Frequently, USN and USMC officials noted that Bold Alligator 2012 was the “largest amphibious exercise in more than a decade.” OK what was that exercise? And what did it focus upon and do?
We asked a senior USMC officer to provide an initial answer and here was his response:
Operation Purple Star during 1996 timeframe the last large MEB/MEF level Joint/Combined amphibious exercise we did.
It was U.S.-British exercise with about 38,000 U.S. troops and 15,000 British troops, but the reference to the last 10 years should be re-stated as the largest MEB level amphibious exercise in 10 years.
BA12 is closest thing to a MEB we have sortied since ATF East/West. This is making reference to the fact that with the USMC involved in basically two ground wars for the last 10 years, and that large-scale amphibious operations were not a priority at the time. With the drawdown of both AORs, forces, ships, and assets are now available to re-focus efforts back out at sea.
Not only was it a MEB level exercise, it incorporated 2 x CSGs (one live, one synthetic).
Also, there were a total of nine countries participating. It should be stated that in addition to a MEB level exercise, there was significant CSG/ARG MEU play and certifications, experimental concept development, and coalition participation.
It had a much wider scope than just a MEB exercise.
Scoping out the literature there is not much on Operation Purple Star but fortunately there was a piece published in Jane’s Defence Weekly on July 1, 1996 by Bob Morrison which provided insight with regard to the exercise.
The exercise took place from April 21 to May 20 1996. It involved nearly 16,000 UK sailors, soldiers and airman with 38,000 US personnel. This was the largest Allied peacetime amphibious and airborne operation since WW II. It operated off of the East Coast of the United States.
It involved US Army as well as USAF forces. The US Army contributed Airborne forces. And command and control and deployment of air forces in conjunction with concurrent amphibious, land and airborne operations in an overseas non-NATO theater with coalition forces in a combined scenario was exercised.
From 30 April to 5 May, UK and US contingents cross-trained in the fictitious neighboring country of Telari, with soldiers having the chance to fire each other’s weapons and pilots flying sorties in the other nation’s aircraft. During parachute training and the subsequent airborne operation, US paratroopers used UK LLP parachutes and 5 Airborne Brigade used the US T10 model.
By 6 May, with Korona still refusing to back down, the CJTF set sail from Telari in preparation for a massive amphibious assault to terminate the Koronan aggression. Under the command of USN Vice Adm Vern Clark, 53 ships of the USS Enterprise Battle Group, the USS Saipan Amphibious Ready Group and the UK Task Group put ashore more than 13,000 Marines from II Marine Expeditionary Force, 24 Marine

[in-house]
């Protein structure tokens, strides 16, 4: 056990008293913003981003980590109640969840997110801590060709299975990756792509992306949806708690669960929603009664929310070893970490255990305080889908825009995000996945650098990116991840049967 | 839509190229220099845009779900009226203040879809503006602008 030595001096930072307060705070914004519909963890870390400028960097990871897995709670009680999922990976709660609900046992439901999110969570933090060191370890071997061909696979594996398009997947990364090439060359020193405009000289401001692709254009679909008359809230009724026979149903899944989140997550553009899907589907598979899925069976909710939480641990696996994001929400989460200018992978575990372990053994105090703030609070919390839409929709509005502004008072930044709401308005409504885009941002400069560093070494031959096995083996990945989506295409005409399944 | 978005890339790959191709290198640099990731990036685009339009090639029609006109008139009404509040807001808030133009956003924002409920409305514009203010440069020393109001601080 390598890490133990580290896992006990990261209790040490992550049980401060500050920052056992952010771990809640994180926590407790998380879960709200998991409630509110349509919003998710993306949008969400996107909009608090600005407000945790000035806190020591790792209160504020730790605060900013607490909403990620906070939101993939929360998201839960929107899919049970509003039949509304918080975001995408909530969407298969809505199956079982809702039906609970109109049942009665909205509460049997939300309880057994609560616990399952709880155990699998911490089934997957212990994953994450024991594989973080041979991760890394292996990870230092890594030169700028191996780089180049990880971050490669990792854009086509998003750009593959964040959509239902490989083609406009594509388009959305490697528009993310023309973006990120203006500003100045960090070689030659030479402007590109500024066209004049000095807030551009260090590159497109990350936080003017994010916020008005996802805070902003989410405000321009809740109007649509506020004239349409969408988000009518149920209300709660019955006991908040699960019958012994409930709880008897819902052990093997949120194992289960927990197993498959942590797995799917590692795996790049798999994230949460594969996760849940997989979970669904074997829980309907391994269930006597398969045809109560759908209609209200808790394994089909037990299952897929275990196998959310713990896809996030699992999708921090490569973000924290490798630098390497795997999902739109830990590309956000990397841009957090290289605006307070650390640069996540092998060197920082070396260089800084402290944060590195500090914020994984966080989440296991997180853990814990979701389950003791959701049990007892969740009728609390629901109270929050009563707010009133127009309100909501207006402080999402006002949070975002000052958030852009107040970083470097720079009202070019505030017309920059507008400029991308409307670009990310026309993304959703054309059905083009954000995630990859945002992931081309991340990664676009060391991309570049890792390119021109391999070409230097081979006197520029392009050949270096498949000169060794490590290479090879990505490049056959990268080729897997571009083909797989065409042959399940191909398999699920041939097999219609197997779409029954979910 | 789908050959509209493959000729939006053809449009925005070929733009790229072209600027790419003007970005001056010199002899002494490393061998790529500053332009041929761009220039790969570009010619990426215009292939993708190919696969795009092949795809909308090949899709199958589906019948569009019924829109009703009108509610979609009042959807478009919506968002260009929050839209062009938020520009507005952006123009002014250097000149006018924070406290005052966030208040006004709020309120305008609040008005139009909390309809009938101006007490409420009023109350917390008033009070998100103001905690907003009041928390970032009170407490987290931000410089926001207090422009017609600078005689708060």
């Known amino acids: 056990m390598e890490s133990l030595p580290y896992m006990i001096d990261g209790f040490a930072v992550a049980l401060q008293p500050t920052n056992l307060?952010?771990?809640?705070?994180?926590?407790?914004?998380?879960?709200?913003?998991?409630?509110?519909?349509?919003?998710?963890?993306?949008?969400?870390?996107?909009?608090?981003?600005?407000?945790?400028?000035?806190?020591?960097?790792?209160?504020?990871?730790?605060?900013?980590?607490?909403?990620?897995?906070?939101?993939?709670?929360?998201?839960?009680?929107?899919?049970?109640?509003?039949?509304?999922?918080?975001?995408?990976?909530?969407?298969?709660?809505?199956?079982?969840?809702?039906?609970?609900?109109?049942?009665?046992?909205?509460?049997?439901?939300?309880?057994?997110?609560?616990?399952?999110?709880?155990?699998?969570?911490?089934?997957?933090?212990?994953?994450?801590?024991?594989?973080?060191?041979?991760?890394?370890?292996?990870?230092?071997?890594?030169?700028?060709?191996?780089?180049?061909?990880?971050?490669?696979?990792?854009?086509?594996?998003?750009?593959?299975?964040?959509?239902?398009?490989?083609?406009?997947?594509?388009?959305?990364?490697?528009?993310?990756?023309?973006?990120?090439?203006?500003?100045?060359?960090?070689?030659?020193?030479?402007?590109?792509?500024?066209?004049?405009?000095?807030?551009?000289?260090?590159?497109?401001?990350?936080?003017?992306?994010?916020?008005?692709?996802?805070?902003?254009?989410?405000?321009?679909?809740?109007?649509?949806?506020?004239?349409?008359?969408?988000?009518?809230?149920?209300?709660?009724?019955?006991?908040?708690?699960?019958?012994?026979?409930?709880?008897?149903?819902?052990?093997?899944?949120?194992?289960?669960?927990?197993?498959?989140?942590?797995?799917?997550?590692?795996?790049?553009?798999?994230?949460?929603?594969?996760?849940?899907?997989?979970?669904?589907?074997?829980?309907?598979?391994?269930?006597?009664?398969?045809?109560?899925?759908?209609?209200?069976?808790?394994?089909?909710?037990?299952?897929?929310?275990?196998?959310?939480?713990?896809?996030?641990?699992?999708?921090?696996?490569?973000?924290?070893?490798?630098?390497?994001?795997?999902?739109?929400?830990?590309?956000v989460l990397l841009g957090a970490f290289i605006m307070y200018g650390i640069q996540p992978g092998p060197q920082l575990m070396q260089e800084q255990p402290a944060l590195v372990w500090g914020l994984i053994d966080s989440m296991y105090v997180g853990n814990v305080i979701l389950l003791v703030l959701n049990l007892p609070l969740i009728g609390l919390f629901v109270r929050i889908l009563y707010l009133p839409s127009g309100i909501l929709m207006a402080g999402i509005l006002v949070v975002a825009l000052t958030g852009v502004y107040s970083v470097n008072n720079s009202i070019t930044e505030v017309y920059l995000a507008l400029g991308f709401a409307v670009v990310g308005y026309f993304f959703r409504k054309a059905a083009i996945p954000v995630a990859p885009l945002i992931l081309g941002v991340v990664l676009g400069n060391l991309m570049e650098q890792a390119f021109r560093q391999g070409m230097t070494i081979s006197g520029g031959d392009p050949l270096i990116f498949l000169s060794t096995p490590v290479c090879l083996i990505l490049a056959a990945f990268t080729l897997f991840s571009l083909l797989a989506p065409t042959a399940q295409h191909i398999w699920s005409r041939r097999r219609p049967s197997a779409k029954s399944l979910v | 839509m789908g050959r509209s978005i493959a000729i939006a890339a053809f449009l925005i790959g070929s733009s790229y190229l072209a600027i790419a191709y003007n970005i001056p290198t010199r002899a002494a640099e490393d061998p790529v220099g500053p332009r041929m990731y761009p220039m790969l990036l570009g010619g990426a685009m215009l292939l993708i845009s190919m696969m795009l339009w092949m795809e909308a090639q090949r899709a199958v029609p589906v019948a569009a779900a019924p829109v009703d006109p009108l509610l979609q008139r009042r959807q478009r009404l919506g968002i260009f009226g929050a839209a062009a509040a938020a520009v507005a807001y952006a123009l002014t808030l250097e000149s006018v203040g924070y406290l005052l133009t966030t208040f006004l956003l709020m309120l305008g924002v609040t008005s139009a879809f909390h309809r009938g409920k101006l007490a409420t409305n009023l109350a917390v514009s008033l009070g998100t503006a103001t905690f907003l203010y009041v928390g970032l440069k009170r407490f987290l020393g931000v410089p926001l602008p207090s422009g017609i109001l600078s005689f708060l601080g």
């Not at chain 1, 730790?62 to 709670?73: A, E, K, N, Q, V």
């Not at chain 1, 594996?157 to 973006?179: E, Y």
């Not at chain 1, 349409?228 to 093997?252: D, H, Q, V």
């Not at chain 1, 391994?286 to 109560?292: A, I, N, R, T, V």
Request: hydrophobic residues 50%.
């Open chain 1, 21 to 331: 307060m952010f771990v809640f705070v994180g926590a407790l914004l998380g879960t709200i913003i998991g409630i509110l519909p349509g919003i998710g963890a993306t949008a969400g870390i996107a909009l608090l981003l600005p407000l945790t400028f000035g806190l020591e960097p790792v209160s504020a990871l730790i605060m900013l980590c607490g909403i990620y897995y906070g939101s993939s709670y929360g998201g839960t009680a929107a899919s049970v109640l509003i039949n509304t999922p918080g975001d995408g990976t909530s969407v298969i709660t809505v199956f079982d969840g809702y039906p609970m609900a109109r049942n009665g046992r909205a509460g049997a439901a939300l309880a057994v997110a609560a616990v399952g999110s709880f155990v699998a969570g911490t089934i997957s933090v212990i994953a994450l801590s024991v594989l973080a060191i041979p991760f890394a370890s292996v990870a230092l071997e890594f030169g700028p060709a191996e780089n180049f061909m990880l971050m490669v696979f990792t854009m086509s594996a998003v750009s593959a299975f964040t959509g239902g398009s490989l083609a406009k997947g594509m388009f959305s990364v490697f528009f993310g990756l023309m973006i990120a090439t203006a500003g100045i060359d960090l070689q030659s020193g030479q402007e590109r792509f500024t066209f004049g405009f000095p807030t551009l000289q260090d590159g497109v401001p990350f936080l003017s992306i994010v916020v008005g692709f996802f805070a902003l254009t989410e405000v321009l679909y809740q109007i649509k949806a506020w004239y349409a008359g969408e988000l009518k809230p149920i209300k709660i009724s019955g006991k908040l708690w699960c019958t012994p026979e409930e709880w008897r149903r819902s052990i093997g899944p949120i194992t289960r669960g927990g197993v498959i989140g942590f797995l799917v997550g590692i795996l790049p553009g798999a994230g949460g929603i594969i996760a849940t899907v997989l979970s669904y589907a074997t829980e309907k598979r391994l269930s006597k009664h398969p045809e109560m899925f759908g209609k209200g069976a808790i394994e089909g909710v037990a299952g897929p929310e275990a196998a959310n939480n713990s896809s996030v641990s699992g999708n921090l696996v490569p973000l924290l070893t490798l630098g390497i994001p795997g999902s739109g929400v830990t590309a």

Expeditionary Unit and 3 Commando Brigade on four separate beaches near Camp Lejeune.
Simultaneously, 5 (UK) Airborne Brigade and UK Special Forces conducted diversionary raids to pin down Koronan forces and secure an airfield for a Tactical Airland Operation (TALO).
By dawn on the 10th, the US and Royal Marines had secured the beachhead and advance units were fighting their way inland against sporadic Koronan counter attacks. Behind them the logistic build-up continued, although a tragic helicopter accident three hours into the operation, which cost 14 US Marine lives, severely curtailed the flying side of the operation for most of D-Day. Behind the beach US combat engineers had built a floating bridge over the Coastal Waterway which 3 Commando Brigade used to push inland.
After mopping up Koronan defenders occupying villages and towns in the coastal region, using well-rehearsed FIBUA tactics, 3 Commando Brigade joined with USMC Regimental Landing Team 8 to cross the New River estuary by helicopter and landing craft. Once across, they linked up with 5 Airborne Brigade, which had secured the region around the deserted Camp Davis airfield which was now being used both by the RAF Support Helicopter Force and C-130 Hercules transport aircraft.
One hour after last light on D+5, over 4,300 men of 5 (UK) Airborne Brigade and 82nd Airborne Division plus vehicles and equipment, were dropped by 40 C-141 Starlifter and 104 C-130 Hercules aircraft on three separate zones about 175 km inland of the beachhead. It was the largest Allied parachute drop since the Rhine crossing in 1945
As the Paras advanced against Koronans and linked up with US armour advancing from Telari, 60 UK and US helicopters flew 3 Commando Brigade forward in what is believed to have been the largest single UK airmobile operation ever undertaken. By 0900 on D+8, about 20 hours ahead of schedule, all objectives had been taken and Endex was called.